Lockdown luxuries

Focussing on what I have

Olive Pigeon (used to be called the Rameron Pigeon)

I woke up yesterday morning – day 16 of South Africa’s, what is now, 5 week lockdown due to the worldwide COVID-19 pandemic, and I was greeted by a large flock of Olive Pigeons in the Eucalyptus trees near my little cottage; approximately 50 of them.

It is the Easter long weekend; meant to be the busiest weekend of the year for me, as it is the weekend that a highly successful walking festival runs in the Garden Route. Instead, I find myself with frustratingly little to do, and nowhere I am allowed to go, as a result of our very strict lockdown.

As I, like so many small businesses in the country, face the very real prospect of absolute financial ruin, I remind myself many times through each day, how lucky I am to live where I do through all this uncertainty. With so many people stuck in large blocks of flats, or in the middle of big cities, or overcrowded in small houses, I am eternally grateful for my lockdown luxuries.

Just a few bird species that I can see right outside my cottage are; Southern Boubou, Olive Woodpecker, Speckled Mousebird, Burchell’s Coucal, Cape Sugarbird, White-faced Whistling Duck, White-necked Raven, Black Crow, Forest & Jackal Buzzard, odd flyovers of the African Fish Eagle, and many more. I spot the odd Three-striped Mice and Vlei Rats too, and there are a myriad of insect species, and their relatives, around.

I also have access to some of the surrounding Fynbos, as it is part of the property. As a person having spent most of the past 20-odd years outdoors in wild environments, it is difficult for me, not only because I can’t go walking, but also because I am not out teaching. Guiding has that double enjoyment factor; being out in amazing surroundings, and being in a position to teach about those surroundings. I need both!

I choose to focus on these positive things in my life, and I take moments every day to enjoy the little nature pleasures that surround me. I was out on a short walk yesterday morning, after enjoying the Olive Pigeon flock, and today’s blog is a very simple ‘this is what I got to see’. But first, one more pigeon photo!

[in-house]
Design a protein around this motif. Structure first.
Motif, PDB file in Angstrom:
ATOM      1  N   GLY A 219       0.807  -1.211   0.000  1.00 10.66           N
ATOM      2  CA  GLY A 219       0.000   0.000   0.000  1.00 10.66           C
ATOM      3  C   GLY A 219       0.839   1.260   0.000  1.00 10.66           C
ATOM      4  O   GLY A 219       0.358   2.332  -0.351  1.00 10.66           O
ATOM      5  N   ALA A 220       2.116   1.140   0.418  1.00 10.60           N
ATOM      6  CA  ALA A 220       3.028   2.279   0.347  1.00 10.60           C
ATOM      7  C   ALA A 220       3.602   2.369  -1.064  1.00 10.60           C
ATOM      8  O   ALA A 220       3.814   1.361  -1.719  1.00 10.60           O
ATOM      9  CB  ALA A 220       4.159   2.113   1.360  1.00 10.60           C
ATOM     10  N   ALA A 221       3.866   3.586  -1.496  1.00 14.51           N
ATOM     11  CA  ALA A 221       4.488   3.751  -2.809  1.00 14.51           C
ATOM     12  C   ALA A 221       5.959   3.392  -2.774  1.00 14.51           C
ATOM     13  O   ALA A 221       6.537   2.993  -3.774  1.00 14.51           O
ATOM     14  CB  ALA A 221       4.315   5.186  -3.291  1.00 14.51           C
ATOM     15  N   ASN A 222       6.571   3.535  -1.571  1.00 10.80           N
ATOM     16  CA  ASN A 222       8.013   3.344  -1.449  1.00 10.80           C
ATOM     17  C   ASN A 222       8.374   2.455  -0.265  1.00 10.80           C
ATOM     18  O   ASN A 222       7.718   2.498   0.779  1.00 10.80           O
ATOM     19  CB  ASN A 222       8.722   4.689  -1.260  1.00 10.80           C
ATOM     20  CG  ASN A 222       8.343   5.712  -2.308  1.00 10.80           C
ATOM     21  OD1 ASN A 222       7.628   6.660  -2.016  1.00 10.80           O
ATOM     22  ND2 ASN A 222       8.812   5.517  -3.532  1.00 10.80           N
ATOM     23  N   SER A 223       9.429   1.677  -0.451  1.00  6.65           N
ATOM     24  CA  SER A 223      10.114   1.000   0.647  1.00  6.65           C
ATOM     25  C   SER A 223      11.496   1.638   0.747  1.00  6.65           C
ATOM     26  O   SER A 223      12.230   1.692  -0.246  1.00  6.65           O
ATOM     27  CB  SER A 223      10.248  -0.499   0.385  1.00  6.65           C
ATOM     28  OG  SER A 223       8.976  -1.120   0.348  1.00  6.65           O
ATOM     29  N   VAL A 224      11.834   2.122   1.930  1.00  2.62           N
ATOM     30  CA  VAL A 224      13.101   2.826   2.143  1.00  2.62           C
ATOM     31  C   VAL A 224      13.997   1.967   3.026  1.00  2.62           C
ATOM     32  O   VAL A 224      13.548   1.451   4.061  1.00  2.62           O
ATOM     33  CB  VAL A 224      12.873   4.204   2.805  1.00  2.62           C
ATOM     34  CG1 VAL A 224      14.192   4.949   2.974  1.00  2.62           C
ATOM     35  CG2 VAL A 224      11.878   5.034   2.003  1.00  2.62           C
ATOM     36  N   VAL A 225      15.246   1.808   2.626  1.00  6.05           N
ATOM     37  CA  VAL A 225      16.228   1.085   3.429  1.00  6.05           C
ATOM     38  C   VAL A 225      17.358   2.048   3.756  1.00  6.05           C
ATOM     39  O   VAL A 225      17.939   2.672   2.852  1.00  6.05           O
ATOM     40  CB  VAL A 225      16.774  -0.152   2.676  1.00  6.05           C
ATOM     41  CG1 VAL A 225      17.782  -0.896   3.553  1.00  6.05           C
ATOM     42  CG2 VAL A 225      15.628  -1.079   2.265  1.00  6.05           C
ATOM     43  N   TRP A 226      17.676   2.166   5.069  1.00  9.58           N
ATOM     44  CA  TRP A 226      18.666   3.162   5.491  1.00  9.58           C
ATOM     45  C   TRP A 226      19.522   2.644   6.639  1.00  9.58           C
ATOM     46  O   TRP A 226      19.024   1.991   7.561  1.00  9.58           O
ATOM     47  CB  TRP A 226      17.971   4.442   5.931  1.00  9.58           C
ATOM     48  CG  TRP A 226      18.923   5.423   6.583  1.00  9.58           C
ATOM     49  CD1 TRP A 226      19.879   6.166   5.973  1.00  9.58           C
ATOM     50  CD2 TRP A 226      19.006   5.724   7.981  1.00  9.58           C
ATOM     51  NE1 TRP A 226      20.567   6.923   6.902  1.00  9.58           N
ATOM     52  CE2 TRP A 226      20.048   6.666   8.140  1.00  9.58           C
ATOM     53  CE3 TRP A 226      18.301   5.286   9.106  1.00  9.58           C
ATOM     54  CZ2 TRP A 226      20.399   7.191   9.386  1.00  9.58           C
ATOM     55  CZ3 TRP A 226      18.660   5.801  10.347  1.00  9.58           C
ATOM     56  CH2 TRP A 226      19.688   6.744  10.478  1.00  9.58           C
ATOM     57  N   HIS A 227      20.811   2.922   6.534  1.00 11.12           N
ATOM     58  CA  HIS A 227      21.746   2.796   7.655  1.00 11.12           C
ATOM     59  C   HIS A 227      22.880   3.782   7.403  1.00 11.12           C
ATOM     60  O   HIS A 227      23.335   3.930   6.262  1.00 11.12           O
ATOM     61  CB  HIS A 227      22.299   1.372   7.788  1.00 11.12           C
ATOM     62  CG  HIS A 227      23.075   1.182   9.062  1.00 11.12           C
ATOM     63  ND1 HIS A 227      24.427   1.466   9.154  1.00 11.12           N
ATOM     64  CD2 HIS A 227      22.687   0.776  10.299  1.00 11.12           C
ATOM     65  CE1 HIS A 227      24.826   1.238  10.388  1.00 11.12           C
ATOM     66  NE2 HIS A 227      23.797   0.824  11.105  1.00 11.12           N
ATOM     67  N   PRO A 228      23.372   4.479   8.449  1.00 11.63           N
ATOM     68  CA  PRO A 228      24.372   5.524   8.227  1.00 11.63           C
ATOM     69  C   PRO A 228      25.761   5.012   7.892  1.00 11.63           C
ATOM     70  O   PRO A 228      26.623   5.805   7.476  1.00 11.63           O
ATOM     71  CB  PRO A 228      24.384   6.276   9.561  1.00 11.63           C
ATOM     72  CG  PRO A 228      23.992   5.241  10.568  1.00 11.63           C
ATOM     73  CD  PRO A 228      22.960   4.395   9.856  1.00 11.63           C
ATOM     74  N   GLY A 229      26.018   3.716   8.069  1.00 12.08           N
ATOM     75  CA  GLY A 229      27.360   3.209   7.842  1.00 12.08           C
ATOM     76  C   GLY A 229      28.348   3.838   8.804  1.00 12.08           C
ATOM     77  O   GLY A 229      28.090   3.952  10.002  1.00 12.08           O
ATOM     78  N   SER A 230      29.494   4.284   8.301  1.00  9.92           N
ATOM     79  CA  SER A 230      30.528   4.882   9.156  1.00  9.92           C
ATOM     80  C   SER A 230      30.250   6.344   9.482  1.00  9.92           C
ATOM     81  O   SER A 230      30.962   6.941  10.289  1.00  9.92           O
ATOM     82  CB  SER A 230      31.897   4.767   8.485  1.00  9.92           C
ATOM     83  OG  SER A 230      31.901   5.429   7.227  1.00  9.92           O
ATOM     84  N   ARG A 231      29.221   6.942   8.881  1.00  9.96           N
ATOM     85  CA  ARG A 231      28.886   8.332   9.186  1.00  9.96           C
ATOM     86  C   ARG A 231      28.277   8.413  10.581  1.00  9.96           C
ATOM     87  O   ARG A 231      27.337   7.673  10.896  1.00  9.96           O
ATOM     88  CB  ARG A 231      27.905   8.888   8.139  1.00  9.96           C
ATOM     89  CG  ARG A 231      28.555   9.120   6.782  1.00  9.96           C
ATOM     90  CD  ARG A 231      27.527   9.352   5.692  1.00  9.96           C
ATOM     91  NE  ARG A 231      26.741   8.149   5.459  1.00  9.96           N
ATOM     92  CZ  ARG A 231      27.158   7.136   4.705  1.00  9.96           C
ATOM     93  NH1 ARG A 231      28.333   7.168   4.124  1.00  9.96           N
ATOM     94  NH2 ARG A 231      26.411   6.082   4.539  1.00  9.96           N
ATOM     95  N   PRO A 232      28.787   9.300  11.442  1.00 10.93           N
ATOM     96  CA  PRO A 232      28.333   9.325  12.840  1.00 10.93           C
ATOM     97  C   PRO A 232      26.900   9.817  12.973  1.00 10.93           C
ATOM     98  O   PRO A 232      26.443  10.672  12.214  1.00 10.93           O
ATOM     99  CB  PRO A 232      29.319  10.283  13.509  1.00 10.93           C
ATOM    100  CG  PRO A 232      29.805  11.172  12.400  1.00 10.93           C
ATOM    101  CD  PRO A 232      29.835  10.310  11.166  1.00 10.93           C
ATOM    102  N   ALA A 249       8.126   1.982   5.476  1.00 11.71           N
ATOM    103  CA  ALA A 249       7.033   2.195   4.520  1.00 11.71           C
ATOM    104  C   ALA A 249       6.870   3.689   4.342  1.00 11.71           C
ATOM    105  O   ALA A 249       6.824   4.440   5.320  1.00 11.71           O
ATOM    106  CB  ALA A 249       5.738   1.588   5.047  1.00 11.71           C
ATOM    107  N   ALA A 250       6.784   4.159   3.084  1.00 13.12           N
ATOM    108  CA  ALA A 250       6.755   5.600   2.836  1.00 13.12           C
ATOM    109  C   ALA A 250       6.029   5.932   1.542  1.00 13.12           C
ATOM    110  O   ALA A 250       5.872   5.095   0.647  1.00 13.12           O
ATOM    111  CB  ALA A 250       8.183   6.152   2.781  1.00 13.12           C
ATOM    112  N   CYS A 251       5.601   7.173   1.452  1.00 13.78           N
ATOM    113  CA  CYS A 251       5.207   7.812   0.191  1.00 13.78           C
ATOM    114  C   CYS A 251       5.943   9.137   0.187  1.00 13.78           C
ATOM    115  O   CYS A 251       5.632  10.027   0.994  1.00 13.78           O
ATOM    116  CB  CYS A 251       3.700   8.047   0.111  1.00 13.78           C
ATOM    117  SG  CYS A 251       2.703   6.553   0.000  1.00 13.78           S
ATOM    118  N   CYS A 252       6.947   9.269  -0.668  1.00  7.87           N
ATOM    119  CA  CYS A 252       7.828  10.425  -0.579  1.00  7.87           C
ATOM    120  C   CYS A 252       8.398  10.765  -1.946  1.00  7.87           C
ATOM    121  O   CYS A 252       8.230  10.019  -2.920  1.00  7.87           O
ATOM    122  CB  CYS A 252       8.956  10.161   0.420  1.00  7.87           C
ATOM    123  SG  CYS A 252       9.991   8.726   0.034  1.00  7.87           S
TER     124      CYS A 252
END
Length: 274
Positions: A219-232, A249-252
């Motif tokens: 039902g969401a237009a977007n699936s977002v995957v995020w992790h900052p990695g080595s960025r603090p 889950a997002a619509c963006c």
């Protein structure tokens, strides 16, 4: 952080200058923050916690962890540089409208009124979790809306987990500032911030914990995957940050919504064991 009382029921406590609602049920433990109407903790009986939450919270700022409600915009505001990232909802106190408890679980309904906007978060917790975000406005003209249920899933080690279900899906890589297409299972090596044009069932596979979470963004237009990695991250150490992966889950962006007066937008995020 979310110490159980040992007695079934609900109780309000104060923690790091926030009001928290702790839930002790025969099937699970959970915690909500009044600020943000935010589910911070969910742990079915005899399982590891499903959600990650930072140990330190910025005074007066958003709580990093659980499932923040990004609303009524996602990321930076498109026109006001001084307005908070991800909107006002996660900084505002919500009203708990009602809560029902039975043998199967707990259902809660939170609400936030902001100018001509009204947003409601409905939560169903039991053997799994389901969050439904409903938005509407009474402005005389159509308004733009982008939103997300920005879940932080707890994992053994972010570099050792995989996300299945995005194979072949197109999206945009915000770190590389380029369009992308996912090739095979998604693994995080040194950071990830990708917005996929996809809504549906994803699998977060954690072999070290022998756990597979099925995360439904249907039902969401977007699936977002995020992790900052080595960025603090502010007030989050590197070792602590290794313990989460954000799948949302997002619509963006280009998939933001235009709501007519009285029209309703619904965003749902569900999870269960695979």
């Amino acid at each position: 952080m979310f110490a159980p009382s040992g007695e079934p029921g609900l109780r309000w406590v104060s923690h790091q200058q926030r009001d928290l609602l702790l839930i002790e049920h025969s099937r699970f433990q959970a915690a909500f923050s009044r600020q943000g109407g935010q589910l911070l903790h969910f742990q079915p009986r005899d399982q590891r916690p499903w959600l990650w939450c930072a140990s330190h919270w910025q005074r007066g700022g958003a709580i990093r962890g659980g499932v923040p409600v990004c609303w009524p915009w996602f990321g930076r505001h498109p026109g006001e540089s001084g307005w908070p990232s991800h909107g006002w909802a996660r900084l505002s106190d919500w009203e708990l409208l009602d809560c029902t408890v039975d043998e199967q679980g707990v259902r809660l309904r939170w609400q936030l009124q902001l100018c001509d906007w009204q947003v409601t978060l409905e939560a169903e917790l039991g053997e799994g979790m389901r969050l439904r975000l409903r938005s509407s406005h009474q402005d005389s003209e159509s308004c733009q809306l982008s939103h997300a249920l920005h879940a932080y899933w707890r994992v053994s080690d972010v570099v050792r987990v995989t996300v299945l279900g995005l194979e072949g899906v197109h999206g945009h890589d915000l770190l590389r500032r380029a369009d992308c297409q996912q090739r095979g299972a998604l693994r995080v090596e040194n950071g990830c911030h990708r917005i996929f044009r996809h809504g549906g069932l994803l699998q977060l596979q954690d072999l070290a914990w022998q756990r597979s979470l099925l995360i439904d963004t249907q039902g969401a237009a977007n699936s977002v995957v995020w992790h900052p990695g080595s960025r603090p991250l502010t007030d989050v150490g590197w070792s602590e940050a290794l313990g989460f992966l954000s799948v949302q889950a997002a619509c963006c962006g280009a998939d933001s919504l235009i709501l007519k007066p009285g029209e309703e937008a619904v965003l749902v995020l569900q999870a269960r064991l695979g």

Olive Pigeon in preening mode

Flowers aside

One of the true pleasures of walking in Fynbos is that, no matter the time of year, there are always a variety of species of plants in flower. As a result of this, there is a wonderful array of insects around, and wonderfully colourful and chatty birds to enjoy. This is the enjoyable part. The frustrating part is to actually get photographic evidence of what you are seeing, hearing and identifying. The birds are often distant, the insects quite small, and the bush thick and tall. I record at least dozens more than I ever photograph. Haven’t we invented a camera for the eye yet?

One of those butterfly species I can never be sure of

There is hardly a day out and about that you don’t see a few butterflies. Some are fairly obvious and easy to identify, some not so easy and take a bit of work, some are near impossible unless you start asking experts. The above photo is one of the latter.

My best guess is a Geranium Bronze, but I can’t be certain unfortunately. 

A beautiful Painted Lady

Painted Ladies are part of the Pansy family, with six species in South Africa. They are found all over the world and are abundant in South Africa. These are striking butterflies and, thanks to the fact that they sit mostly with their wings open, you can get really good sightings of them.

Cape Autumn Widow

Cape Autumn Widows are more active in the South African autumn period and, as the larvae mostly eat grass, they are quite common in our gardens. Most butterflies lay their eggs on leaves of the plants that are their primary food source during the larval stage, but the female Autumn Widows tend to scatter their eggs during flight. There are at least ten species of Widows, with this one being the most common for this area.

Spotting birds

Cape Sugarbird, female

Cape Sugarbirds are autumn/winter breeders and are, as a result, pleasantly active at this time of the year. I have seen quite a few flying around with sticks and leaves in their beaks. They prefer the Protea flowers above all else, and will do mini-migrations in the area to follow the flowering plants. As a result, they have a symbiotic relationship with tiny mites that inhabit the flower heads. These mites can’t move to neighbouring plants, and actually climb onto the heads of the Sugarbirds as they thrust their heads into the Protea flower heads. They then act as taxis, transporting these mites to other flowers, where they then climb off again; never harming the bird.